"There is something ungodly about these night wire jobs."
One of my very favorite scary stories. "The Night Wire" was written by H.F. Arnold (1902-1963) and published for the first time in the September 1926 issue of "Weird Tales."
In addition to the 1926 issue of "Weird Tales," this story has also been printed in the January 1933 issue of "Weird Tales," in "The Night Side" (an anthology collected by August Derleth in 1947), in the "Avon Fantasy Reader" in 1949, in the "Magazine of Horror" in June 1965, in the 1966 edition of "The Night Side," in a collection published by Barnes and Noble called "100 Ghastly Little Ghost Stories," and in "H.P. Lovecraft's Favorite Weird Tales," an anthology compiled by Douglas A. Anderson in 2005. You can probably find it online somewhere, too. But you should try to find it in print, if possible, just because it's cool to own books.
"Xebico, Sept 16 CP BULLETIN
"The heaviest mist in the history of the city settled over
the town at 4 o'clock yesterday afternoon. All traffic has stopped and the mist hangs like a pall over everything. Lights of ordinary intensity fail to pierce the fog, which is constantly growing heavier."
The plot is simple. The narrator works as the night manager for a newspaper. His night wire operator is a man named John Morgan, whose job is to listen to the overnight news reports telegraphed over the wire and transcribe them for the paper. Morgan is a hard-working but unimaginative man who is talented enough to be able to listen to two different wires and type up simultaneous reports on two different typewriters. One night, Morgan types up, and the narrator reads, a series of wire reports from a city called Xebico. An ominous fog has shut down the city, making it impossible to drive in the streets. Strange shapes are seen in the fog, odd voices cry out from within it, and people are disappearing mysteriously. Morgan churns the story out, update by update, and the narrator reads along, growing more and more nervous, imagining fog on the streets below. And eventually, the wire updates from Xebico stop.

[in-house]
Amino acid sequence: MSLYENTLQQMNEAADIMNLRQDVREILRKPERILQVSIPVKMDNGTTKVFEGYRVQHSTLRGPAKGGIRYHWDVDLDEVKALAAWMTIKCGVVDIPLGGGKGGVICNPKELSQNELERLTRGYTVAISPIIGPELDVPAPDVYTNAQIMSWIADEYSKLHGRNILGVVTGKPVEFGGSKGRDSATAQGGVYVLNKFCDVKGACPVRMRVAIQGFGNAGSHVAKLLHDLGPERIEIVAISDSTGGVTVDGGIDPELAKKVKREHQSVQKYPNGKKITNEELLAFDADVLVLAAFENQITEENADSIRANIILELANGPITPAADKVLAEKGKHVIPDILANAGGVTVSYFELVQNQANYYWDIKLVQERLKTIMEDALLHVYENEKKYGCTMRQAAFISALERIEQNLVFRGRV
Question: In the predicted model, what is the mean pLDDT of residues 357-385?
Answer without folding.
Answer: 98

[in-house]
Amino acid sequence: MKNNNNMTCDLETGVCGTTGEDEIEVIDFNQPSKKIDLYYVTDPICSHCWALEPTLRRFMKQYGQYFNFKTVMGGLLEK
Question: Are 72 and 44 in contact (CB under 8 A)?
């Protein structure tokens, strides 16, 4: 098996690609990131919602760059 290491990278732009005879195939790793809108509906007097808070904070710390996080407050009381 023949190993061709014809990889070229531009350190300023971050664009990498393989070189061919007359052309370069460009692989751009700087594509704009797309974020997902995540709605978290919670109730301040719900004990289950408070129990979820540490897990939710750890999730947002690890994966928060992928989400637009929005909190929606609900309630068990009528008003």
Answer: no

"Flash Xebico CP
"There will be no more bulletins from this office. The impossible has happened. No messages have come into this room for twenty minutes. We are cut off from the outside and even the streets below us.
"I will stay with the wire until the end."
I've been fond of this story for years and years. The author's full name was Henry Ferris Arnold. He was an Illinois native who worked as a Hollywood press agent in the 1920s and '30s. It seems likely that Arnold spent time working night shifts at newspapers, too. Aside from his knowledge of how the wires worked, Arnold gets the mood down perfectly. If you've ever worked the night shift somewhere, you know what it's like to know that you're one of few people in the building, to sit in a brightly-lit room and know that the rest of the world is dark and sleeping, to hear little creaks, cracks, and moans in the building that you know are just the result of nighttime settling but that your imagination insists on spinning into haunts and ghouls and stealthy killers. You're all alone, your brain is sluggish, and outside, it's dark and quiet and anything could be happening out there and no one would come to help you in time.
I think Arnold was used to that feeling, and he knew very well how to get that mood of dread mixed with loneliness and sleepiness onto the page.
Arnold also understood that the readers of weird tales expected a bit of lurid descriptive terror with the spooky mood, and he provided that, too. While the narrator is a (mostly) calm and methodical recorder of facts, the man sending the wire reports from Xebico is a bit more inclined to sensationalism, especially as the end grows nearer and nearer. Like many of Lovecraft's protagonists, he frantically records his feelings, his sensations, his fears, right up to the point where he can no longer record anything.
"The message stopped abruptly. The wire to Xebico was dead. Beneath my eyes in the narrow circle of light from under the green lamp-shade, the black printing no longer spun itself, letter by letter, across the page."
Lovecraft himself reportedly liked this story. In letters to J. Vernon Shea, Richard Ely Morse, and "Weird Tales" editor Farnsworth Wright, Lovecraft picked "The Night Wire" as one of six stories from "Weird Tales" that he felt were the best recent works of (in Wright's words) "truly cosmic horror and macabre convincingness."
If you enjoy your Lovecraftian horror blended with an air of quiet, creepy dread, I think you'll enjoy "The Night Wire". If you can find it, read it. But wait 'til sometime after 3 a.m. on a dark, fogbound night.